Various funding mechanisms are used to provide specific support for Aboriginal and Torres Strait Islander students. Some of the support is provided directly to universities to fund programs such as scholarships and for broader Indigenous higher education participation, while other payments are made directly to students. A brief summary follows.
Funding provided directly to universities includes:
- Away-from-Base funding for ‘mixed mode’ program delivery ($23.6 million in 2011) to support travel and accommodation costs for students in approved ‘mixed mode’ courses70
- funding for tutorial assistance through the Indigenous Tutorial Assistance Scheme – Tertiary Tuition (ITAS-TT) program ($8.2 million in 2011)
- five scholarship categories (funding of $12.8 million in 2012)
- supporting the participation of Aboriginal and Torres Strait Islander students in higher education through the Indigenous Support Program (funding of $37.4 million in 2012).
Funding provided directly to students includes:
- ABSTUDY Tertiary and ABSTUDY (Away-from-Base) ($72.4 million in 2011–12)
- Indigenous Staff Scholarships ($183,945 in 2011).
Other funding provided to third parties or employers include:
- Indigenous Cadetship Support71 program funding of $8 million in 2011–12
- Indigenous Youth Leadership Program funding of $17.2 million in 2012 (referred to earlier in the report)
- Indigenous Youth Mobility Program72 funding of $16.2 million in 2012.
This funding to universities is on top of their base funding, some of which is used to support all students, including Aboriginal and Torres Strait Islander students. Base funding can and should also be used to provide specific, targeted support to Aboriginal and Torres Strait Islander students.
The following sections of this chapter discuss selected programs in more detail and recommend changes to them. The Panel selected these programs for reform on the basis of its consultations and submissions it received.
Overall, the feedback to the Panel from submissions and consultations was that the programs needed to strengthen their focus on student outcomes and, within this focus, there should be room for individual universities to tailor support to best meet the needs of their student cohort. In addition, universities supported the need to improve retention and completion rates, not just enrolment rates, once again noting the differing missions and strategic directions of individual universities. The Panel heard the concerns of universities regarding the ‘red tape’ and often duplicative reporting requirements applied by government across programs. While the Panel supports simplified administration and reporting requirements, this must be balanced with the need to maintain outcome-driven accountability by universities and government. Each of these issues and the feedback from submissions and consultations are discussed in more depth within the selected programs below.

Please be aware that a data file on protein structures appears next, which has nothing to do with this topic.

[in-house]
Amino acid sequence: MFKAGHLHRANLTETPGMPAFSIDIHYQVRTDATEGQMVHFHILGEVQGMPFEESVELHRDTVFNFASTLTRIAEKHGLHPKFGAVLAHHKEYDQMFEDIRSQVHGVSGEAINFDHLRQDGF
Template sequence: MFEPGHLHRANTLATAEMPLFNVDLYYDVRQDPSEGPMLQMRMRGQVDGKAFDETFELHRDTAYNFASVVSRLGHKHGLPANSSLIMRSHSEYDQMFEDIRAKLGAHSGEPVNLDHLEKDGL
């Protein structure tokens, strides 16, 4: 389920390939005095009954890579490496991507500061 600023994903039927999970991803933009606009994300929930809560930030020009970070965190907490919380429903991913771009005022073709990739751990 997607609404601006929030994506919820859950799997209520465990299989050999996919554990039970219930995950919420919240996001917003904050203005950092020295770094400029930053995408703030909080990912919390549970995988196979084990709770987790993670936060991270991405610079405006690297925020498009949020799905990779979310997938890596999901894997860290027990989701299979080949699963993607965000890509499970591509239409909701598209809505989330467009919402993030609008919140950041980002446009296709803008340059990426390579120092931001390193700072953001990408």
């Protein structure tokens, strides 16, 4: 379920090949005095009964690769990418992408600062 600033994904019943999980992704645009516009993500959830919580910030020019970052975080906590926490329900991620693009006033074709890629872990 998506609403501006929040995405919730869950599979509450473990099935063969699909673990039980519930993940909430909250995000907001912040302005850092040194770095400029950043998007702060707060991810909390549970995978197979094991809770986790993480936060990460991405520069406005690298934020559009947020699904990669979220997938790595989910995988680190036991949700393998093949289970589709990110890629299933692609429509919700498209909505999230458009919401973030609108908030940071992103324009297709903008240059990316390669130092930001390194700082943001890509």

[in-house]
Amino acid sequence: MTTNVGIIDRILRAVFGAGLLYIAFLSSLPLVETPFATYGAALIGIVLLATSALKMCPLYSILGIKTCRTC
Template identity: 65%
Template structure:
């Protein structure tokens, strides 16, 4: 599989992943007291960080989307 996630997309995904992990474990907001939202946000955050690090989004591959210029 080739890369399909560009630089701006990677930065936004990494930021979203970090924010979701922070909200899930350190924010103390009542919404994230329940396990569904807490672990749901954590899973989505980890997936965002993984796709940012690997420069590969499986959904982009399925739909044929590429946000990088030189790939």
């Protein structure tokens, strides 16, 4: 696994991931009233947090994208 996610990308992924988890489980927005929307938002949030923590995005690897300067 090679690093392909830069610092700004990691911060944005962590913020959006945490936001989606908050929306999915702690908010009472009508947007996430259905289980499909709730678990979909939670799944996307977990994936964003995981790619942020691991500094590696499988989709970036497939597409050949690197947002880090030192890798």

On the basis of this feedback, the Panel recommends a set of principles be used to guide the reform of selected programs.
70 $23.6 million includes Away-from-Base funding provided to Batchelor Institute of Indigenous Tertiary Education, Charles Darwin University and the University of Notre Dame for VET courses provided by these universities.
71 Indigenous Cadetship Support is aimed at improving the job prospects of Indigenous Australian students. It links full-time Indigenous students undertaking a diploma, an advanced diploma or their first undergraduate degree with employers who can give them work placements and ongoing employment once they finish their studies ( DEEWR 2011d).
72 ‘The Indigenous Youth Mobility Program (IYMP) helps young Aboriginal and Torres Strait Islander people move away from home to gain the skills they need to get a job in their community or elsewhere. Indigenous people aged 16 to 24 from remote areas can relocate to an IYMP host location to undertake post secondary education and training options. Training options include Australian Apprenticeships, Vocational Education and Training ( VET) and Higher Education that leads to qualifications in nursing, teaching, business administration and accounting, to name but a few possibilities’ ( DEEWR 2011j).